The Transport Minister has been defending his response to the Bus Éireann crisis
Transport Minister Shane Ross has pledged that there will be no negative impact on the connectivity of rural communities as a result of the ongoing Bus Éireann dispute.
The minister has been defending his response to the crisis in front of the Oireachtas Transport Committee.
He told the committee that the Government is prepared to increase subsidies for the company's Public Service Obligation (PSO) routes and will consider how best to ensure sustainable funding for the free travel scheme.
The Taoiseach Enda Kenny backed Minister Ross in the Dáil earlier, and again insisted the dispute will only be solved by direct talks between management and unions.
Mr Kenny said the Government cannot intervene in the dispute - adding that the company’s financial woes stem from its commercial Expressway service.
Bus Éireann’s acting CEO said last week that the entire company is facing insolvency and will go out of business - with the loss of 2,600 jobs - if decisive action is not taken.
Unions have refused to attend talks with the company until a highly controversial survival plan involving redundancies, cuts in premium payments and out-sourcing is withdrawn.
In his opening remarks to the Transport Committee Wednesday afternoon, Minister Ross insisted that taxpayer funded connectivity is “at the heart of our public transport system” and pledged that the National Transport Authority (NTA) will ensure there is, “no negative impact on the connectivity of rural communities.”
“The NTA has assured rural Ireland that it can, and will, step into any area, consult with local communities, and assess what public transport services are required and what is the best method to provide them,” he said.
He said the Government is prepared to offer increased funding for PSO services - however he cautioned the increase would only be available, "as resources allow.”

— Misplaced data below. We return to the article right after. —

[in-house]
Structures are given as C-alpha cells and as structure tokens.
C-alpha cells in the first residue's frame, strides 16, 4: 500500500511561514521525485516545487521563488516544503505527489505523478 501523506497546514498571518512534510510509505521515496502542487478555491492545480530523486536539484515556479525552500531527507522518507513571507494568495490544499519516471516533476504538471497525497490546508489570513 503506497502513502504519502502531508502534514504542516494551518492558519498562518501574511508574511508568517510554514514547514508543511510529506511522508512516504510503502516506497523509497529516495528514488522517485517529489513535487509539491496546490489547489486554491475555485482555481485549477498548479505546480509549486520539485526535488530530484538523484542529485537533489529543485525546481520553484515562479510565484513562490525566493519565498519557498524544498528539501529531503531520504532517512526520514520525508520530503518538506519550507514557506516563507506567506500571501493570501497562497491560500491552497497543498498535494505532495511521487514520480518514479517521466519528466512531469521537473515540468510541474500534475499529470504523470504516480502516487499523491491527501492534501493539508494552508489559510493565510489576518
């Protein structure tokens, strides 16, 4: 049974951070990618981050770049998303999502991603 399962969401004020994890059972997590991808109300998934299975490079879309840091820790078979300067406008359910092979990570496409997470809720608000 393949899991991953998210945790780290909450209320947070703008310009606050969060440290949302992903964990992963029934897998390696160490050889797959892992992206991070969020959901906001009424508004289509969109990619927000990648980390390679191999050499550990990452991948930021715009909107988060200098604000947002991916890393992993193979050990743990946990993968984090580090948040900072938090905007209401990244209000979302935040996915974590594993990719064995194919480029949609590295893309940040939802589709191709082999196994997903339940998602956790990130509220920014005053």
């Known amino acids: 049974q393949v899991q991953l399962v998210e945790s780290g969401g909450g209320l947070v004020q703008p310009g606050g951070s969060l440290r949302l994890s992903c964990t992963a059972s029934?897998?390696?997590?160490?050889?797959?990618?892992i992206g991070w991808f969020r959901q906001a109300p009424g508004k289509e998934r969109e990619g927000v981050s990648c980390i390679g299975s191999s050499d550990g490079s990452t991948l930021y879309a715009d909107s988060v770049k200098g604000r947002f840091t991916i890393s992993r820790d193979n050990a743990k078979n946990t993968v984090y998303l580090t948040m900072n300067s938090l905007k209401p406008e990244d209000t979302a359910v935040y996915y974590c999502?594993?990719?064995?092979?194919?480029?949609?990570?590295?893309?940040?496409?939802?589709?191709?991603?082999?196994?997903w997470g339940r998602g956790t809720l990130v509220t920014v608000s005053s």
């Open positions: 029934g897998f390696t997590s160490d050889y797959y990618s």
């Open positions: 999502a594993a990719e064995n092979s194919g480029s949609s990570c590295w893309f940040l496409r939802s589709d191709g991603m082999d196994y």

He again insisted the Government cannot subsidise the Expressway service and refused to involve himself or his department in the negotiations.
“If a company wishes to operate a commercial service then that service must make commercial sense,” he said. “That's a basic concept that I think most people readily understand.”
Minster Ross said the state industrial relations mechanisms - the Workplace Relations Commission (WRC) and the Labour Court - are ready to assist with negotiations between management and unions - adding that he is hopeful talks can soon get underway.
Unions have refused to enter negotiations while pre-conditions - the proposed survival plan - remain in place.
Representatives are concerned the proposed cuts to workers terms and conditions could amount to losses of more than 30%.
The company on the other hand has denied the plan constitutes a pre-condition.
"They are both saying they will talk without conditions and yet where are they?" said Minster Ross. "Let them come together and let them talk."
"I don't want to be in there because the reason they want me in there is because they want me to come in with my cheque book.
"I don't want to do that. That is not the role of a minister in these disputes."
The minister effectively called on the company to withdraw the survival plan - asking both sides to "go the table with a blank sheet of paper."
He said the Department of Transport is due to begin work on an overarching public transport policy statement later in the year and pledged that the policy will, “place the citizen, rather than vested interests, at the centre of its consideration.”
He said his department will also now consider how best to ensure a sustainable funding model for the Free Travel Scheme.
Three of the main unions - NBRU, SIPTU and UNITE- have already received a mandate from their members to take industrial action.
The unions are meeting this evening to decide what course of action to take.